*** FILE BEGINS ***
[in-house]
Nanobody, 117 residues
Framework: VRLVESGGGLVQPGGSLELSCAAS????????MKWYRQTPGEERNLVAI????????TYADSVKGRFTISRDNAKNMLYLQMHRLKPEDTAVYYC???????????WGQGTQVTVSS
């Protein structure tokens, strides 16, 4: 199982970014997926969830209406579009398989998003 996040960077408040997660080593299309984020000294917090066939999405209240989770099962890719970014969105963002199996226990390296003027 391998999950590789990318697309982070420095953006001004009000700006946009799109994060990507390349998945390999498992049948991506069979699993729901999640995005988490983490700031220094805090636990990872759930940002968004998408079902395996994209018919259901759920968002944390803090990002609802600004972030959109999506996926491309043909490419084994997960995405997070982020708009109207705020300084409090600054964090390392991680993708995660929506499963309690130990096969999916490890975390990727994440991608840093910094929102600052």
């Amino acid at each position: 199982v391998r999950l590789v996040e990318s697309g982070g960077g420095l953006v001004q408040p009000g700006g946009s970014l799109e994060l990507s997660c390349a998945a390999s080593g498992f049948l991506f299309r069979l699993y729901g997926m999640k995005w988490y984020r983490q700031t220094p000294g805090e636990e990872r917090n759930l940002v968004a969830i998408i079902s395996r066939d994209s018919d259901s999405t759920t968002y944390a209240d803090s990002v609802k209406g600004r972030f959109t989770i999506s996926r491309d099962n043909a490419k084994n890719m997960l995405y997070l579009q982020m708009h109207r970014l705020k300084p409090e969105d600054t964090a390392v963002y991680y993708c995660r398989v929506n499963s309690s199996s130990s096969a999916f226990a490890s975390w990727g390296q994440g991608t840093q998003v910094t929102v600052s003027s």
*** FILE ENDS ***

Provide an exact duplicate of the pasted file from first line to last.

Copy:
[in-house]
Nanobody, 117 residues
Framework: VRLVESGGGLVQPGGSLELSCAAS????????MKWYRQTPGEERNLVAI????????TYADSVKGRFTISRDNAKNMLYLQMHRLKPEDTAVYYC???????????WGQGTQVTVSS
């Protein structure tokens, strides 16, 4: 199982970014997926969830209406579009398989998003 996040960077408040997660080593299309984020000294917090066939999405209240989770099962890719970014969105963002199996226990390296003027 391998999950590789990318697309982070420095953006001004009000700006946009799109994060990507390349998945390999498992049948991506069979699993729901999640995005988490983490700031220094805090636990990872759930940002968004998408079902395996994209018919259901759920968002944390803090990002609802600004972030959109999506996926491309043909490419084994997960995405997070982020708009109207705020300084409090600054964090390392991680993708995660929506499963309690130990096969999916490890975390990727994440991608840093910094929102600052």
């Amino acid at each position: 199982v391998r999950l590789v996040e990318s697309g982070g960077g420095l953006v001004q408040p009000g700006g946009s970014l799109e994060l990507s997660c390349a998945a390999s080593g498992f049948l991506f299309r069979l699993y729901g997926m999640k995005w988490y984020r983490q700031t220094p000294g805090e636990e990872r917090n759930l940002v968004a969830i998408i079902s395996r066939d994209s018919d259901s999405t759920t968002y944390a209240d803090s990002v609802k209406g600004r972030f959109t989770i999506s996926r491309d099962n043909a490419k084994n890719m997960l995405y997070l579009q982020m708009h109207r970014l705020k300084p409090e969105d600054t964090a390392v963002y991680y993708c995660r398989v929506n499963s309690s199996s130990s096969a999916f226990a490890s975390w990727g390296q994440g991608t840093q998003v910094t929102v600052s003027s």